“Outside the church gates, two hundred men had gathered for their monthly council. They sat in the dust, on bare banks and knuckle-like boulders. They were clustered beneath the cooling foliage of eucalyptus. I stood in the shad with Hiluf and we watched. 

One among them rose to his feet. 

‘I bought fertilizer. The kebelle [administrative district] gave me the money and said, You can pay us after harvest. But the size of the harvest was too small. Now they want much more money.’

A debtara [non-ordained church official, responsible for the music and danching, often expert in herbal lore] answered. ‘You must be careful to pay back as early as you can. Even if your maize is not growing, the amount to pay still grows.’

Another stood. ‘They told us we must dig a hole for a pond. They said they will give us a sheet. Well I have dug my hole and they say there is no sheet.’

‘I have dug a hole too. My cattle fell in and couldn’t get out.’

‘Put brush around it. At kermet [the season of ‘big’ rains, typically late June to early September] God will provide water.’

‘Last kermet the water did not fill the pond even half — now it is all gone…’

For some time the complexities of rural life were aired, a life in which development schemes arrived like the weather, God-given: sometimes they brought salvation and sometimes they brought disaster.” pg 248-250

upcoming travels

On Wednesday I leave for just shy of four weeks in Africa. This trip is a wonderful combination of work and play. I start in Ethiopia for work where I will get to a explore a new land – both in the capital as well as the rural countryside. Then I have a week with my parents in Tanzania during which I will get to reconnect with friends made last year, spend time on the beach and in the water, as well as wander Zanzibar for a day or two. The trip ends with two days in Kenya and four days in Rwanda; both for work. I will update as I can from the road (always remember that in my world, no news is good news.) 

I have promised several people a few statistics for this upcoming trip, so here they are: 

  • I will add one country to my list: Ethiopia. Although one plane I am on will stop in Khartoum, I will resist the urge to step on Sudanese soil.
  • I will fly on 15 planes and pass through 10 airports.
  • I will spend around 43 hours on planes and 33 hours in airports (rough rounding on both counts).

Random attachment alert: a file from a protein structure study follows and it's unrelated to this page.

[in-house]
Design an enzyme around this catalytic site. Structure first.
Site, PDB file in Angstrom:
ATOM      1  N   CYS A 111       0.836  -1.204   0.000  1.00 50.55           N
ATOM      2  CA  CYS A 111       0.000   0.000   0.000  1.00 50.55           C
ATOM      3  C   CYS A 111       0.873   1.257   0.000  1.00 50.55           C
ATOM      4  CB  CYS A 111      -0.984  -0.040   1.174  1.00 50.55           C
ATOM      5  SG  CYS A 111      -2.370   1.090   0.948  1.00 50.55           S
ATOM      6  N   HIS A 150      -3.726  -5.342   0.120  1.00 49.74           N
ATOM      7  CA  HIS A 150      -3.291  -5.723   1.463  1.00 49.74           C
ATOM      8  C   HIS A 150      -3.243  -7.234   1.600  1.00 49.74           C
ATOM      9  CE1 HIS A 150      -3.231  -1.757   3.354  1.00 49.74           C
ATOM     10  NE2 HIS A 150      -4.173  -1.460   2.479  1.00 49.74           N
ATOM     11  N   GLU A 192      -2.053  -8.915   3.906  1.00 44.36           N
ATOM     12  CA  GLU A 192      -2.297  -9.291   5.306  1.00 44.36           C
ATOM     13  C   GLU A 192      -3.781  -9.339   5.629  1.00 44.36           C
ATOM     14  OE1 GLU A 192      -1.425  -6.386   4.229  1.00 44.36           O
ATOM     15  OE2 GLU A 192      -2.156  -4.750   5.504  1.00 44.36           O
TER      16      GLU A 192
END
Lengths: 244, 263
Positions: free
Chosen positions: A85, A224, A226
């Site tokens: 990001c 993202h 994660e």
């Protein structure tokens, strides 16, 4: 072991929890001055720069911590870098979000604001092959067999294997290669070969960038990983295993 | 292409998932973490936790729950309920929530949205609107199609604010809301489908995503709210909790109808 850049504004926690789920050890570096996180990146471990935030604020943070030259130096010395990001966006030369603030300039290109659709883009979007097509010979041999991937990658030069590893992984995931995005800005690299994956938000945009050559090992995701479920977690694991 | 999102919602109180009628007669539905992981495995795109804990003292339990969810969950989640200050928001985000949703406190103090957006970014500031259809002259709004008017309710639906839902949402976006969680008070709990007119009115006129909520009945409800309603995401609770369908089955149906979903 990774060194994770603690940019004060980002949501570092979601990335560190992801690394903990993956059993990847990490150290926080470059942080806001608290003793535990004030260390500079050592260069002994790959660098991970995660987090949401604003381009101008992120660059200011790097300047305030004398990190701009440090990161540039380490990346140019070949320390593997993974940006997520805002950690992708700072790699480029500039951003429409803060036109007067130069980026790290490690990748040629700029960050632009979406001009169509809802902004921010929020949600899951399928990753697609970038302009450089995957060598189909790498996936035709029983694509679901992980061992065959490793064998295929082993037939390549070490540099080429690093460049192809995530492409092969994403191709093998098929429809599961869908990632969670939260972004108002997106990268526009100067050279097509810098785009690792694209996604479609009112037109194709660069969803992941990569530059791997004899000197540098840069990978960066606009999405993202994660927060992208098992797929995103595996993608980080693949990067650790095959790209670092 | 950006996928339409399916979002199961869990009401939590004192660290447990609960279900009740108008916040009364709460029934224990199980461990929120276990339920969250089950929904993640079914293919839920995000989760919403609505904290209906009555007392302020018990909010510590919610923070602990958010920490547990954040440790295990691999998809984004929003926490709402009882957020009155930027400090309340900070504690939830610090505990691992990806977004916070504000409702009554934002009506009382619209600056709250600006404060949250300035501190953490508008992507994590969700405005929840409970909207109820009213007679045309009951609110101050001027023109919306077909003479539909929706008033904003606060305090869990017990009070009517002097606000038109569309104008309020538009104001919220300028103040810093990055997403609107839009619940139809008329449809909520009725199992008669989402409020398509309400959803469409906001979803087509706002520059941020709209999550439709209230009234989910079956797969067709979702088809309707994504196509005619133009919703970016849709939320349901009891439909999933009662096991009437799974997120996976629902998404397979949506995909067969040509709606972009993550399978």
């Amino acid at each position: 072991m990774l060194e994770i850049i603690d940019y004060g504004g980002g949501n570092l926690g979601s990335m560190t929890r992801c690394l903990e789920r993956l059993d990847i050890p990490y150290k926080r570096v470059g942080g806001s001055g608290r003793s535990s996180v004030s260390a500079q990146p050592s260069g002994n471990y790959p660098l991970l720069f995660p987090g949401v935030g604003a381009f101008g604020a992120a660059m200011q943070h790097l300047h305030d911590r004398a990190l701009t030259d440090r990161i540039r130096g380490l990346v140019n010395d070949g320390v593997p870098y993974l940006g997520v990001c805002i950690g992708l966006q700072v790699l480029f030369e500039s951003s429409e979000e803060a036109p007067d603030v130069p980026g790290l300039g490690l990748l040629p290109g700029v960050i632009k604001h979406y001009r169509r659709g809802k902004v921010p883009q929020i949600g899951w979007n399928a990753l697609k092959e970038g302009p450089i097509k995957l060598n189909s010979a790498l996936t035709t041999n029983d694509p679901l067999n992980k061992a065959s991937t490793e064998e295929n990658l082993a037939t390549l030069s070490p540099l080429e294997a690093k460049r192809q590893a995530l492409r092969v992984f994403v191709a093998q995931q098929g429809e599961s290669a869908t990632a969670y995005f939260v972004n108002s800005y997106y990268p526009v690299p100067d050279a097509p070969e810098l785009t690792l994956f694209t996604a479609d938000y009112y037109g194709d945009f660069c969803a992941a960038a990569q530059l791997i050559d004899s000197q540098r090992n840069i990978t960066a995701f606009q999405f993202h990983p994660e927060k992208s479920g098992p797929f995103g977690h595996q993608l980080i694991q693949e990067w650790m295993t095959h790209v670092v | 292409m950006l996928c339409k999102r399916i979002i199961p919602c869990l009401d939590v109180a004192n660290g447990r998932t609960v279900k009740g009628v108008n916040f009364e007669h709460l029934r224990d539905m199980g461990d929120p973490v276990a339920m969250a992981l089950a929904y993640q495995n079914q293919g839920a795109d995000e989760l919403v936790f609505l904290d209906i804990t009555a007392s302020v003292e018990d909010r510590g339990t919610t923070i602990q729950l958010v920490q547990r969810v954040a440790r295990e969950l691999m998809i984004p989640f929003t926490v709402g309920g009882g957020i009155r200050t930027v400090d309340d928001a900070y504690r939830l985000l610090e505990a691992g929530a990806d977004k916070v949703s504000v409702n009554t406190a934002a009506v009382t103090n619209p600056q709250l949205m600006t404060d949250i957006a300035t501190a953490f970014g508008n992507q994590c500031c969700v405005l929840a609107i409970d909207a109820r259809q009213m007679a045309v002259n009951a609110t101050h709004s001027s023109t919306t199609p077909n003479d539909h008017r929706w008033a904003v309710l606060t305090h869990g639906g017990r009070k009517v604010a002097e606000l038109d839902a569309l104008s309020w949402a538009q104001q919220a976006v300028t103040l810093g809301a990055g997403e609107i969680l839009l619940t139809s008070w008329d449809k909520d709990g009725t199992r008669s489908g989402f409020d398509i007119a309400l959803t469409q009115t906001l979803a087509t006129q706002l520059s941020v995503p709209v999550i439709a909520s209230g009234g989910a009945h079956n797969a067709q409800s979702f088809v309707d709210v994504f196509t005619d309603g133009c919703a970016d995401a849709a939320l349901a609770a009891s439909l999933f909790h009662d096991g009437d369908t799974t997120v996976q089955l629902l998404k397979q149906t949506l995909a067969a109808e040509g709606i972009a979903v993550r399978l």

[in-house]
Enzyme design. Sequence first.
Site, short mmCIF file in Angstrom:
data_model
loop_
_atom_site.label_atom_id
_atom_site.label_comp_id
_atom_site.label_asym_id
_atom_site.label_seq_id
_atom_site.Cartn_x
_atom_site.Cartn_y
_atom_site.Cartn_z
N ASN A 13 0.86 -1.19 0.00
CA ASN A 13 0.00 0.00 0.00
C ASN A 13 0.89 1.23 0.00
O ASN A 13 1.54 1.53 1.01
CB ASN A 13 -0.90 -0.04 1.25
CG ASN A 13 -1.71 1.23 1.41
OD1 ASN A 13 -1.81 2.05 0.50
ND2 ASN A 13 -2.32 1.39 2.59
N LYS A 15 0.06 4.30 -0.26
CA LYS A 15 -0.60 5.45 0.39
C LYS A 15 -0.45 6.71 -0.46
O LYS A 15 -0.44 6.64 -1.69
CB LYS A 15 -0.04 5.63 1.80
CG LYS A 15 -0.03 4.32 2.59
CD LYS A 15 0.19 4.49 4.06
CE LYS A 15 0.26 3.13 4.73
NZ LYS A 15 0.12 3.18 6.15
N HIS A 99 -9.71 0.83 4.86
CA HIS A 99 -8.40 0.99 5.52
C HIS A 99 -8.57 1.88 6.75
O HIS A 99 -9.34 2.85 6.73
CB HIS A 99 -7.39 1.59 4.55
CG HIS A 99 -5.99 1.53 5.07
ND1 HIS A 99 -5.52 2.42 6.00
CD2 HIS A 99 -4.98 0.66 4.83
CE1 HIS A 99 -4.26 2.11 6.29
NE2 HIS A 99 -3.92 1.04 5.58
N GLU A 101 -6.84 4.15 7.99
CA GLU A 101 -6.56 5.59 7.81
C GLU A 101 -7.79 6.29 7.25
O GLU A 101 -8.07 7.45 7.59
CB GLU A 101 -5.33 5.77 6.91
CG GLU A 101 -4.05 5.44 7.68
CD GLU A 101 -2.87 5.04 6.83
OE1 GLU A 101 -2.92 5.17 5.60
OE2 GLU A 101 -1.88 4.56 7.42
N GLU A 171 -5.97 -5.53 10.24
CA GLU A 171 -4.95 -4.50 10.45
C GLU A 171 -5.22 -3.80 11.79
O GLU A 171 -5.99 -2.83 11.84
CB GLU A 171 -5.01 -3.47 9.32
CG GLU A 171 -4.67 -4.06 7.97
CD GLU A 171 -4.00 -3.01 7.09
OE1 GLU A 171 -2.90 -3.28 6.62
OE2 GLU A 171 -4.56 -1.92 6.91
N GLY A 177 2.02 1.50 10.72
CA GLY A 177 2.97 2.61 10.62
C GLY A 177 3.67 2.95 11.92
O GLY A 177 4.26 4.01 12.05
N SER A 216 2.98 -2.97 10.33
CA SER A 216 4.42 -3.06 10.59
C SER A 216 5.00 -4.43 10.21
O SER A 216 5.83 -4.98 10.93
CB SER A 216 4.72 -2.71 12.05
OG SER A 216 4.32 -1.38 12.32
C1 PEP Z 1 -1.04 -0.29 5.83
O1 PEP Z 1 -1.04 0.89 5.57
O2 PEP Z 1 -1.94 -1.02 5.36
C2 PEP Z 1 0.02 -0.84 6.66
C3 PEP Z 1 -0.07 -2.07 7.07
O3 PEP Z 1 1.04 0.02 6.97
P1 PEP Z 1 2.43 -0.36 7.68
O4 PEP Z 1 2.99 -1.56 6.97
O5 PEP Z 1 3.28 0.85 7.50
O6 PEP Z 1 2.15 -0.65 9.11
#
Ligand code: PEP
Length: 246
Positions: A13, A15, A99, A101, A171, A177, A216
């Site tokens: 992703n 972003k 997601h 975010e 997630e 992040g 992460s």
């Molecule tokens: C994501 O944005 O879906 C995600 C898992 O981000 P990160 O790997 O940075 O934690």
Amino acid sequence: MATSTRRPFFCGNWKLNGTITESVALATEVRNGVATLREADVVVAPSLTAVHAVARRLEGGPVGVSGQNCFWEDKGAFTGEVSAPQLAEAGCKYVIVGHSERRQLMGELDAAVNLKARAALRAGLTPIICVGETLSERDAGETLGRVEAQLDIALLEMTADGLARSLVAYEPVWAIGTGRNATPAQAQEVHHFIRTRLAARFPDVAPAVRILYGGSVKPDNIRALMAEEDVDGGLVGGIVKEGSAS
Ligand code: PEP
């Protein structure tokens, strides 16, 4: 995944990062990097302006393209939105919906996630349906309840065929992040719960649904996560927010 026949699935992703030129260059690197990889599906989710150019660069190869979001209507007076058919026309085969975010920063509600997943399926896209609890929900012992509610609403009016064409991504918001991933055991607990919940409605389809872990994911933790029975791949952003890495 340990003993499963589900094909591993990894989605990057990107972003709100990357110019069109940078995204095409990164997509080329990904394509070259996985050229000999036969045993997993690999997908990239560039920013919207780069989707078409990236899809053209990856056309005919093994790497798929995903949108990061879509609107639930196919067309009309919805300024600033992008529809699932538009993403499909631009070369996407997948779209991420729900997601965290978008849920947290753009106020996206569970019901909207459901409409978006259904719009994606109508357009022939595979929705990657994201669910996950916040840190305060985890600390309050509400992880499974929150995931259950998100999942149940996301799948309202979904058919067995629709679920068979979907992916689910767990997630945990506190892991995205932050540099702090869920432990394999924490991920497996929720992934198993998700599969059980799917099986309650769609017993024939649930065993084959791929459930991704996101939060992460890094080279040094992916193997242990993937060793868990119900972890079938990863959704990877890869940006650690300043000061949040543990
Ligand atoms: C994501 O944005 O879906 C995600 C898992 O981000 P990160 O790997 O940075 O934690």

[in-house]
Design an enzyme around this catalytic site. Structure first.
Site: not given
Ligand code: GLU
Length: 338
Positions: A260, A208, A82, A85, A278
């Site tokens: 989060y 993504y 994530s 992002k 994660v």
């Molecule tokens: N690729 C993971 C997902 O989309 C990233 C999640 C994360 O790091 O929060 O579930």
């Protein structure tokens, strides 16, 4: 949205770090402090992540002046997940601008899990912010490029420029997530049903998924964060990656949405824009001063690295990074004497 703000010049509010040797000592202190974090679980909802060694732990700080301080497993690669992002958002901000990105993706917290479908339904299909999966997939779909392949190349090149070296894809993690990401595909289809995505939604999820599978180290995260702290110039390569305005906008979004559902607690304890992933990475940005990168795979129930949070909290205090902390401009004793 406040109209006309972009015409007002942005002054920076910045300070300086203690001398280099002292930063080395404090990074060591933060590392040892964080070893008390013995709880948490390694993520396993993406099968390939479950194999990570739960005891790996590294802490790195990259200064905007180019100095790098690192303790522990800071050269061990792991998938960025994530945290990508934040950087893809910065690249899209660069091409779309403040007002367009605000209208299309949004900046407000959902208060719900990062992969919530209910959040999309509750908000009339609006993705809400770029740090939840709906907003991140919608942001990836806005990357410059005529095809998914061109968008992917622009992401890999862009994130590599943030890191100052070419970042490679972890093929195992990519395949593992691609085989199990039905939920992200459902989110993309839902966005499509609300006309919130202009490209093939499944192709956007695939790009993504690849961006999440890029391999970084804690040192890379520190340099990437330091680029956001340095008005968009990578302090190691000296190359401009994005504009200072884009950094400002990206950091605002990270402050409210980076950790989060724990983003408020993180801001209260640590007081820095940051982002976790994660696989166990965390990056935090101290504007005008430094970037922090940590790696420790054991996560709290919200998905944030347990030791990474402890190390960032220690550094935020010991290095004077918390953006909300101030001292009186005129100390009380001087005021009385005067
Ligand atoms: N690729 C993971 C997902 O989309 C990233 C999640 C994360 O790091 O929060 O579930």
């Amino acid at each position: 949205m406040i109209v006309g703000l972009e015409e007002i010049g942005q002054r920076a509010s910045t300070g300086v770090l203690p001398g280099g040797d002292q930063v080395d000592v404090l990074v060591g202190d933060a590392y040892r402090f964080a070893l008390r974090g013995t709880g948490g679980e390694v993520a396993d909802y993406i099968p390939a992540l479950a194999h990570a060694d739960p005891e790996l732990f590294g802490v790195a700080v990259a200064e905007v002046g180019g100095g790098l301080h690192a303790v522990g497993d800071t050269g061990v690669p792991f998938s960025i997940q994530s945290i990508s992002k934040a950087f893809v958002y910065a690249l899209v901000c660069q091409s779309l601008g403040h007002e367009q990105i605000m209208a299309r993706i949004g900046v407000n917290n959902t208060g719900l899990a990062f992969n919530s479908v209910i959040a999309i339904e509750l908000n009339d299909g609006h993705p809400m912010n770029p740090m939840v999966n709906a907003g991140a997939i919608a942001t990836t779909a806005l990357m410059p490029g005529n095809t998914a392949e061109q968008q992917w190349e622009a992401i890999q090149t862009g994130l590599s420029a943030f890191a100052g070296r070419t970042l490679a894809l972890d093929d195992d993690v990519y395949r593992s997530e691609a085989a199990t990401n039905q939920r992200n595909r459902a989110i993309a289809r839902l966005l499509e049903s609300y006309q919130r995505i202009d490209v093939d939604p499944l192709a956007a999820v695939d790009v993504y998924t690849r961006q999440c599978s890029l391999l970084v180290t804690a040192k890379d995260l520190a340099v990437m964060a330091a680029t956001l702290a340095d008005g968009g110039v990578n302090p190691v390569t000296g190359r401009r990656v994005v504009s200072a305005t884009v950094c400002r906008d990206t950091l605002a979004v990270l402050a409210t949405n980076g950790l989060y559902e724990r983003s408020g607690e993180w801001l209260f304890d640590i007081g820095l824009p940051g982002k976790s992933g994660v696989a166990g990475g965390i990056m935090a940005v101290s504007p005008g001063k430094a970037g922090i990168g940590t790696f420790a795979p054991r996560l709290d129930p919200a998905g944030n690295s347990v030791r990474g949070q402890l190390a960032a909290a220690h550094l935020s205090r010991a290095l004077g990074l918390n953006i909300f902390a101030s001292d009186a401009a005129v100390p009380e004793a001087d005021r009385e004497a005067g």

• I somehow managed to have a few early departures including: 4am, 5:30am, 7:30am, and 7:45am. I guess I will not have to worry about traffic on the way to the airport those days.

Answers to questions I am frequently asked:

  • No, I did not need to get any vaccinations for this trip. My shot record is long and is up to date. 
  • Yes, I consider my passport a good friend.
  • Yes, traveling alone is ok. Even if I am a woman. 
  • Yes, I sleep well on planes.

Here is the itinerary (overlapping days are due to travel):

  • April 8: leave Nashville
  • April 9 – 11: Addis Ababa, Ethiopia
  • April 11 – 15: Konson region, Ethiopia
  • April 15 – 17: Addis Ababa, Ethiopia
  • April 17 – 27: Dar es Salam, Tanzania (and a few days in Zanzibar)
  • April 27 – 29: Nairobi, Kenya
  • April 29 – May 2: Kigali, Rwanda
  • May 3: arrive in Nashville

More to come from the road… now for some cleaning and packing.

how was africa?

Africa is a continent, not one country or one people, but I find this to be something hard for many to truly grasp as they sit across an ocean from this grand continent. Although I understand where this misconception comes from, it makes me want to ask a Boston native about soul cooking and an LA resident why they don’t have a Jersey accent. Most of the time I refrain as I remind myself that they have not had the same privileges of travel with which I have been blessed. And, when they ask how Africa was, I tell them a word or two about the specific country from which I have just returned.